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How to Enjamb

In the May 2014 issue of Poetry, there are two poems that provide opposite examples of how to enjamb: one that elicits surprise and intrigue, the other, groans. The first is Tom Sleigh’s slant-rhyme sonnet “Another Day of Life,” from the After Vallejo series; the second is Jacob Saenz’s “Forged.”

Sleigh’s enjambments are “surprising and intriguing” because rather than relying on cheap tricks that confound your initial interpretation, they employ gentle shifts that startle it, impelling you to a more profound one. Consider the first five lines:

I’ll die in my apartment on a cold bright day,
with nobody around, the apartment next door gone
dead still while wind whistles through the balcony,
though the branches somehow aren’t moving, just as the sun

doesn’t move, everything’s so quiet, so frozen.

The first turn comes at the end of the second line: the apartment next door has “gone,” and we might imagine it having disappeared in apocalyptic catastrophe, at least for the split second it takes our eyes to move to the next line, but we soon see that it hasn’t gone away or vanished, only transitioned into a state of quiescence.

The move from the fourth to the fifth line does something similar, though it complicates superficial observation a bit more in its wryness. There is a wind “whistling” through the balcony, “though the branches aren’t moving, just as the sun” (we might protest: but, the sun does move) “doesn’t move.” In fact, the doesn’t move, its apparent motion notwithstanding. What we see as the its path across the sky indicates the rapid spinning of the ground beneath our feet, our assumptions about things only as good as our vision of them. The enjambment toys with this vision, first by confusing interpretation (the sun moves!), then driving it further (ah, but it doesn’t, really), and finally by inviting you to think: what about those in fact non-moving branches?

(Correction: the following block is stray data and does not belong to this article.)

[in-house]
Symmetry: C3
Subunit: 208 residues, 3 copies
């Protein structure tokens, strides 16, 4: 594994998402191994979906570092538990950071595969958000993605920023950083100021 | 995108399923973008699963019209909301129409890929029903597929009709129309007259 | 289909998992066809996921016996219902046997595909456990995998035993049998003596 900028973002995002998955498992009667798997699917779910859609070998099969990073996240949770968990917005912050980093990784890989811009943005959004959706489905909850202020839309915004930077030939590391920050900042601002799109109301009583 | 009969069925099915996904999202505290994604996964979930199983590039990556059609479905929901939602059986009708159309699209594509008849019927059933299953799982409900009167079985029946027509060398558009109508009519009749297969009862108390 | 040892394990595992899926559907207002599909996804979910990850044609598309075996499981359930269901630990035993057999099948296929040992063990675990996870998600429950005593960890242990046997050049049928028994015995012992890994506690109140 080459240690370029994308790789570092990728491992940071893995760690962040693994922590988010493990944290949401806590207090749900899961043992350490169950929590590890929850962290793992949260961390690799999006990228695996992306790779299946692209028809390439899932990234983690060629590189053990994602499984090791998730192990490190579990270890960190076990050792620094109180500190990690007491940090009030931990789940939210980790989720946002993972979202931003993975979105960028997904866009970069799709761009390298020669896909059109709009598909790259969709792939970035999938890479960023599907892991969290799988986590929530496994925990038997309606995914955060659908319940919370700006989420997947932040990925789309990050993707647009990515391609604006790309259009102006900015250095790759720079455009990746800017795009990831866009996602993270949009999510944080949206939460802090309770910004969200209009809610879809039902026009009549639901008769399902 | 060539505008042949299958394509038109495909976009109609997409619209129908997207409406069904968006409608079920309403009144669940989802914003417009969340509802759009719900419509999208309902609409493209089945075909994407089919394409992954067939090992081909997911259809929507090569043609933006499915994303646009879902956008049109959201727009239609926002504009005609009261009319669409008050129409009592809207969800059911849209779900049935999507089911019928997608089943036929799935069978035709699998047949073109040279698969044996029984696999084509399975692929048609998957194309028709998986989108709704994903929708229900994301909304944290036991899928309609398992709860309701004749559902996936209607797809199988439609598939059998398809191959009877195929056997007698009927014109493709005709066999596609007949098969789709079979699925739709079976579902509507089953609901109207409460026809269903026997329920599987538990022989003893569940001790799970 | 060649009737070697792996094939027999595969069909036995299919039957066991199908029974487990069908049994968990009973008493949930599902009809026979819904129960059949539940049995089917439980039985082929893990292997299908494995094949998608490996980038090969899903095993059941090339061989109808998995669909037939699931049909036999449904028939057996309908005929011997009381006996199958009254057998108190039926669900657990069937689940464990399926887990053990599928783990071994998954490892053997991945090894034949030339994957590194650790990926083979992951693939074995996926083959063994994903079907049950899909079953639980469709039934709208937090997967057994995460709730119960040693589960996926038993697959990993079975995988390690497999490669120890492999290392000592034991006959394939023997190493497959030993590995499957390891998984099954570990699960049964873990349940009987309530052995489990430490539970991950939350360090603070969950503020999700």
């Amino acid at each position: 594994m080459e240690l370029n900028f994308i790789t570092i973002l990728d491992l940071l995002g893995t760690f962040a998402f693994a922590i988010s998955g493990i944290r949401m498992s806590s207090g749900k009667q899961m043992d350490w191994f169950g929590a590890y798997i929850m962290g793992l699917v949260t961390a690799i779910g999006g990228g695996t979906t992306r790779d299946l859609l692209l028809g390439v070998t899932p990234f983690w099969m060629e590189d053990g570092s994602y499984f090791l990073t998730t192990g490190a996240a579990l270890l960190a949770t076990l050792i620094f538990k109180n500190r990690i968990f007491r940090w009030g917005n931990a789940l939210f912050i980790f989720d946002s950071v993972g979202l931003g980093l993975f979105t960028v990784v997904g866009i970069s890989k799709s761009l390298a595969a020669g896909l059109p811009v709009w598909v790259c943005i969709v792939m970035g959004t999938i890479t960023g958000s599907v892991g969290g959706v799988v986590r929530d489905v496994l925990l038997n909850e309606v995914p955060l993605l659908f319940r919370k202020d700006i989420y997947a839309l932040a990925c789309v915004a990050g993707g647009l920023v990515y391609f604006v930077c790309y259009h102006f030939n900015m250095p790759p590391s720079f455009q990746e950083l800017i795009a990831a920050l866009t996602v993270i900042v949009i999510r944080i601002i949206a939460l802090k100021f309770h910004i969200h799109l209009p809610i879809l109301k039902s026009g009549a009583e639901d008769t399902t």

Jacob Saenz’s poem induces groans because it seems to toy with interpretation mostly to poke fun at the reader. Consider the first six lines:

My brother wore bags over his boots
to keep the grease & grime from his time
at the steel mill off the carpet & steps

he mounted, heaving each foot
like a monster born of the grave
-yard shift—stiff & awkward,

These proceed predictably enough, each line measuring essentially a breath, with the first half of the one succeeding it qualifying it in some way across the break: “his time / at the steel mill”; “the carpet & steps / he mounted”; “heaving each foot / like a monster.”

The move from the fifth to the sixth, though, completely ruptures interpretation. “Monsters born of the grave” are one thing; those born of the “grave / -yard” another. Appending “-yard” transmutes the resurrected corpse of our initial interpretation into a banal casualty of poor working conditions. It reads like a bathic cheap trick (that also, to my eye, does little justice to the stultifying work the brother here must undertake, but that’s another thing).

Why does it feel that way? Because it doesn’t proceed from a superficial understanding to a deeper, more nuanced one. It simply tells you your initial impression was wrong. Gotchya! And that’s the end of it.

Categories: Notes.


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